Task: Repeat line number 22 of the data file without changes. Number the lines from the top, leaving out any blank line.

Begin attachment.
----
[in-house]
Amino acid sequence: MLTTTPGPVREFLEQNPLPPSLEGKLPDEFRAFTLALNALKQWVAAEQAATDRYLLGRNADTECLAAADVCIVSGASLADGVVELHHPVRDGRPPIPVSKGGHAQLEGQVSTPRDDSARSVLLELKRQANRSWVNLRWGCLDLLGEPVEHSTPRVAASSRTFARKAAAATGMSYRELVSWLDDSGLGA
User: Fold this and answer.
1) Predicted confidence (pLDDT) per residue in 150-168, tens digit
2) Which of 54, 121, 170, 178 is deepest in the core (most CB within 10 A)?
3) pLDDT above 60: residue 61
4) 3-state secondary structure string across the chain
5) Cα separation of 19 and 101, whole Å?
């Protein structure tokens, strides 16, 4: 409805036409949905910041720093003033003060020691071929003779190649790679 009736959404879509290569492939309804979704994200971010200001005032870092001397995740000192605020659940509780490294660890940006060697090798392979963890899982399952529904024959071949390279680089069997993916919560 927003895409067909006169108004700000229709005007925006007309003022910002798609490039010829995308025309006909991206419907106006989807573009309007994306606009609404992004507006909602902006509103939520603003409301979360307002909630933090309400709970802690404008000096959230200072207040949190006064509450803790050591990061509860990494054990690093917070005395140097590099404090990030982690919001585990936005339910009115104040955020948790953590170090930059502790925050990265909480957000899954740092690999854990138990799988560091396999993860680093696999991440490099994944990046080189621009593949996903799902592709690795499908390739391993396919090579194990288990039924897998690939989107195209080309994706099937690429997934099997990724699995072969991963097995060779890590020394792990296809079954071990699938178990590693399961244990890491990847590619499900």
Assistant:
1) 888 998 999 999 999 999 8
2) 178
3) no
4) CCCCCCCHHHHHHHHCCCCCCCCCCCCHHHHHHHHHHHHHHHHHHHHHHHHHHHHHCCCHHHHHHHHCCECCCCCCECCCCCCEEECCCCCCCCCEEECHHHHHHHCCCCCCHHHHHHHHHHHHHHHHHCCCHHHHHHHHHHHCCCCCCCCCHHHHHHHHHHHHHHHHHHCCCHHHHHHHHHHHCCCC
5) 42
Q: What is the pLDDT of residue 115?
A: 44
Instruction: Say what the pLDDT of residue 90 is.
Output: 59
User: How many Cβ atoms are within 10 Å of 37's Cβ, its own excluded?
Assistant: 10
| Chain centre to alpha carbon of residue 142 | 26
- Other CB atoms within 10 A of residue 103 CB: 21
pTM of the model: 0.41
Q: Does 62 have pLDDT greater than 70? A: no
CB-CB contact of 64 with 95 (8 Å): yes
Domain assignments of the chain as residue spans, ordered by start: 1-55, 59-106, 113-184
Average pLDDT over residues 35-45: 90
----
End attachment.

| Chain centre to alpha carbon of residue 142 | 26